100 Captive Thai Elephants Now Free Because of COVID-19, Walk 93 Miles Back Home

100 Captive Thai Elephants Now Free Because of COVID-19, Walk 93 Miles Back Home
Bryan Ke
By Bryan Ke
May 8, 2020
Hundreds of tamed elephants in Thailand who lived in captivity and depended on the tourism for food have been moved back to their homes as COVID-19 continues to affect the tourism industry in the country.
About 2,000 elephants are reportedly at risk of starvation as their owners cannot feed them, according to the London-based World Animal Protection, Associated Press reported.
Over 100 elephants have marched from Chiang Mai to their homeland of Mae Chaem where the Karen ethnic minority lives and traditionally keeps the elephants.
The Save Elephant Foundation, which supports fundraising to help feed the animals living in tourist parks, believes it is good for the animals to return to their natural habitat where they can be more self-sufficient. Founder Saengduean Chailert said the project to bring back the elephants to their homes was launched as a response to owners.
Sadudee Serichevee, who owns four elephants at his small Karen Elephant Experience park in Chiang Mai’s Mae Wang district, did not expect his business would be severely hit by the pandemic.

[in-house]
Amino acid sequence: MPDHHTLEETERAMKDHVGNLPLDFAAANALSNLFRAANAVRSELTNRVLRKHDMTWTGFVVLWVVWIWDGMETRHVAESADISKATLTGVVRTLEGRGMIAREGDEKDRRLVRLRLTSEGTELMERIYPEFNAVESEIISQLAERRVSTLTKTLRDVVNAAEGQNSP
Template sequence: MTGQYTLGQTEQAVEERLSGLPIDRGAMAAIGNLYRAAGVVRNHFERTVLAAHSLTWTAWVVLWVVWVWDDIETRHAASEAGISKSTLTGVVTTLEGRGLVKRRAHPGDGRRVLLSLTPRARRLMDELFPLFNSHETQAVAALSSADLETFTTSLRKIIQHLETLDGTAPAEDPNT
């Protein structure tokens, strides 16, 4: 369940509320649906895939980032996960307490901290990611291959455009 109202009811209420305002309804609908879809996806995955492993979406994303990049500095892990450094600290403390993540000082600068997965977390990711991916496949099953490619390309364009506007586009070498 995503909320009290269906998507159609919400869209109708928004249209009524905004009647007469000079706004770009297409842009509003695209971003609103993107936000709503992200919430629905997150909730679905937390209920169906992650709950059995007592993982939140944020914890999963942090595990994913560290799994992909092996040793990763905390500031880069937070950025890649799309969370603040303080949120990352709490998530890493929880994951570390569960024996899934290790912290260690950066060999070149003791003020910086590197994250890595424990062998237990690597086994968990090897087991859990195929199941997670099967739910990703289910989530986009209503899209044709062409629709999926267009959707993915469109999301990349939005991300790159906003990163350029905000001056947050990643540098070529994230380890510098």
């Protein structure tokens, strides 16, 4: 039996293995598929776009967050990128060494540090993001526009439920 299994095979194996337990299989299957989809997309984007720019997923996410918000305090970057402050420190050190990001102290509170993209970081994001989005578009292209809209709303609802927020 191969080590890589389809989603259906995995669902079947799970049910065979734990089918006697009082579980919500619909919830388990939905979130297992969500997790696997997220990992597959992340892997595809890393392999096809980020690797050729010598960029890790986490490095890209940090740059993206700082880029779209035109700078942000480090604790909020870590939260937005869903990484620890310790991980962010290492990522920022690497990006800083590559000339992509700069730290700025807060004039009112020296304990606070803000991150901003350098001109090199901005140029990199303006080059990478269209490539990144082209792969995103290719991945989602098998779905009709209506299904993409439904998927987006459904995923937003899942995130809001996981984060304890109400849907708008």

“At first I thought the situation would be back to normal within a month or two. At the end of April, I lost all hope,” the owner, who followed the foundation’s approach when he set up his park, said.
Sadudee and his wife convinced other owners to make the 150 kilometers (93 miles) trek on foot with the elephants as they could no longer afford all the expenses of keeping them. Close to 200,000 Thai baht ($6,250) covers the land rental and facilities, salaries for the handlers or “mahouts” and food. Elephants can reportedly “eat as much as 300 kilograms (660 pounds) of vegetables and grass per day.”
The caravan, which consists of 11 elephants, their owners and the mahouts, began their trek on April 30 and only arrived at Ban Huay Bong on May 4.
“These elephants have not had a chance to return home for 20 years. They seem to be very happy when arriving home, they make their happy noises, they run to the creek near the village and have fun along with our children,” Sadudee said.
In April, 40 elephants returned to Tha Tum district, in the northeastern province of Surin.
“We don’t know when COVID-19 will go away,” Saengduean said. “So this is our task, to help feed the elephants that were laid off because of the outbreak.”
Feature Image via Save Elephant Foundation
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